One of the biggest dreams that people have today is to become their own boss. They want to lead an organisation on their own terms. However, it can be overwhelming to start a business without knowing whether it will result in success or failure. Is the franchise model a suitable option for those who wish to become entrepreneurs, but want the safety of beginning their journey within an already established company?
Well known brands
There are many advantages to going ahead with a franchise company. One of these advantages is that the franchise taker (franchisee) is committing to an already well-known brand. Building up a brand can take years, as well as finding the target group for your business. Becoming a franchisee means being able to benefit from instant brand recognition without all the hard work, risk, and huge expenses usually associated with this level of endorsement.
The head company have an established corner of the market. This gives the franchisee extra security. The business is most likely well known, and its arrival may even be celebrated by the locals. Franchising is often considered as an opportunity where you can learn the basics of entrepreneurship. These skills may be valuable for the future. Becoming part of a global network might make it more straightforward when it comes to establishing a new business.
Businesses have their own expectations when it comes to the ideal franchisee. Most of their requirements are in regard to the financial aspects that may concern the company. Any multinational company wants to be sure that the time and effort invested in establishing a franchise will set up all franchisees with the best chances of success. A franchisee who is willing to invest the amount of capital required shows promise, and has a higher chance of approval by the head company. An individual’s driving force and motivation is often the key to their success. The will to succeed helps build a firm foundation for the business.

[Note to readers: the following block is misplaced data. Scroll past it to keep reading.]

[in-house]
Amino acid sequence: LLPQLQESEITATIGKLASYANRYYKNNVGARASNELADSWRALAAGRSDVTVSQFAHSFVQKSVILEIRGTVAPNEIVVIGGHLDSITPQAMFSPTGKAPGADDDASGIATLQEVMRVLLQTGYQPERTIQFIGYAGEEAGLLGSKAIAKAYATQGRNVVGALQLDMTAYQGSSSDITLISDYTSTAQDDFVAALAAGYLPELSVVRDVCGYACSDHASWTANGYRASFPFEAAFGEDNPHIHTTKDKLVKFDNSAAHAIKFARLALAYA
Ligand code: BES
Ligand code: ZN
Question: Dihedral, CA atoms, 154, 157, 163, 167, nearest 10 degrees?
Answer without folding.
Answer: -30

There are risks
It may sound like a dream to become a franchisee, however, there are several aspects to be taken into consideration before diving in.
In the case of a franchised business, marketing must be united across all stores, and agreeing to united marketing plans tends to be a common requirement that most franchised companies have. For many this may be a relief, as it means the franchisee has no need to create a marketing plan of their own. However, if a marketing decision turns out not to be a success, the franchisee will have had no choice other than to accept it. This requires faith in the concept and the company, on behalf of the franchisee, even when some decisions might be less than ideal for their own store. Ultimately, decisions will always be made to the benefit of the whole company, before individual branches. Of course, if the marketing plan goes well then the franchisee is able to take share in the success of the company and in turn see their own branch grow.
A way to grow
Ensuring that your business will be prosperous is a challenge for every entrepreneur, regardless of whether they are a franchisee or have started their own company. However, becoming a franchisee can be an optimal way to gain experience and learn how to manage a business, all the while learning from a company that is already successful.
Not every company that runs a successful franchise is necessarily a success in every contry. An example of this is Starbucks. Despite having set up a hugely popular global franchise, they found it difficult to establish a presence in France. Essentially, the French are opposed to coffee-to-go. French coffee-culture values taking the time to enjoy your coffee, rather than filling a cardboard cup and dashing off to a meeting or the office. This is in stark contrast to what Starbucks had been championing thus far. They finally set up their first store in Paris in 2004, six years after first establishing themselves in Europe.
Franchising is a great opportunity if you want to become an entrepreneur. While the franchisee may get internal recognition for their efforts from within the company, all external admiration will be directed towards the head company. Is this enough for everyone? Or might this contribute to many ambitious entrepreneurs being put off by an otherwise enticing model?
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